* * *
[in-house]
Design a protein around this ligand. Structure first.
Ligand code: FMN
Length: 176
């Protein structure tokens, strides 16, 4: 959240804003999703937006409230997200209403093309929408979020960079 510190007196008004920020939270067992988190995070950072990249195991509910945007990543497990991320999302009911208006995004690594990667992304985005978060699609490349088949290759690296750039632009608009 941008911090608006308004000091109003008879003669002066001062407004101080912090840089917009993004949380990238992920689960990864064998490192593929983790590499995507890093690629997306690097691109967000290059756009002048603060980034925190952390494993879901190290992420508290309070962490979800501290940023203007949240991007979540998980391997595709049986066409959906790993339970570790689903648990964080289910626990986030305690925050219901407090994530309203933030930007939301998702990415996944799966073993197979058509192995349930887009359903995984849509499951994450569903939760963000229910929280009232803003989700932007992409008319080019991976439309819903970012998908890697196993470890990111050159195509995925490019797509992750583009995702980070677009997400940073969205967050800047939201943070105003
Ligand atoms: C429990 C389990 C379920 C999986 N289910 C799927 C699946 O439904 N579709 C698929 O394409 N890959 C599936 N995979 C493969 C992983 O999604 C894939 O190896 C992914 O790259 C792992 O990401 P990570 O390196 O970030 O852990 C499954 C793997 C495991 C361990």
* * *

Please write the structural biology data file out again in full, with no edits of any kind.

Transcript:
[in-house]
Design a protein around this ligand. Structure first.
Ligand code: FMN
Length: 176
């Protein structure tokens, strides 16, 4: 959240804003999703937006409230997200209403093309929408979020960079 510190007196008004920020939270067992988190995070950072990249195991509910945007990543497990991320999302009911208006995004690594990667992304985005978060699609490349088949290759690296750039632009608009 941008911090608006308004000091109003008879003669002066001062407004101080912090840089917009993004949380990238992920689960990864064998490192593929983790590499995507890093690629997306690097691109967000290059756009002048603060980034925190952390494993879901190290992420508290309070962490979800501290940023203007949240991007979540998980391997595709049986066409959906790993339970570790689903648990964080289910626990986030305690925050219901407090994530309203933030930007939301998702990415996944799966073993197979058509192995349930887009359903995984849509499951994450569903939760963000229910929280009232803003989700932007992409008319080019991976439309819903970012998908890697196993470890990111050159195509995925490019797509992750583009995702980070677009997400940073969205967050800047939201943070105003
Ligand atoms: C429990 C389990 C379920 C999986 N289910 C799927 C699946 O439904 N579709 C698929 O394409 N890959 C599936 N995979 C493969 C992983 O999604 C894939 O190896 C992914 O790259 C792992 O990401 P990570 O390196 O970030 O852990 C499954 C793997 C495991 C361990």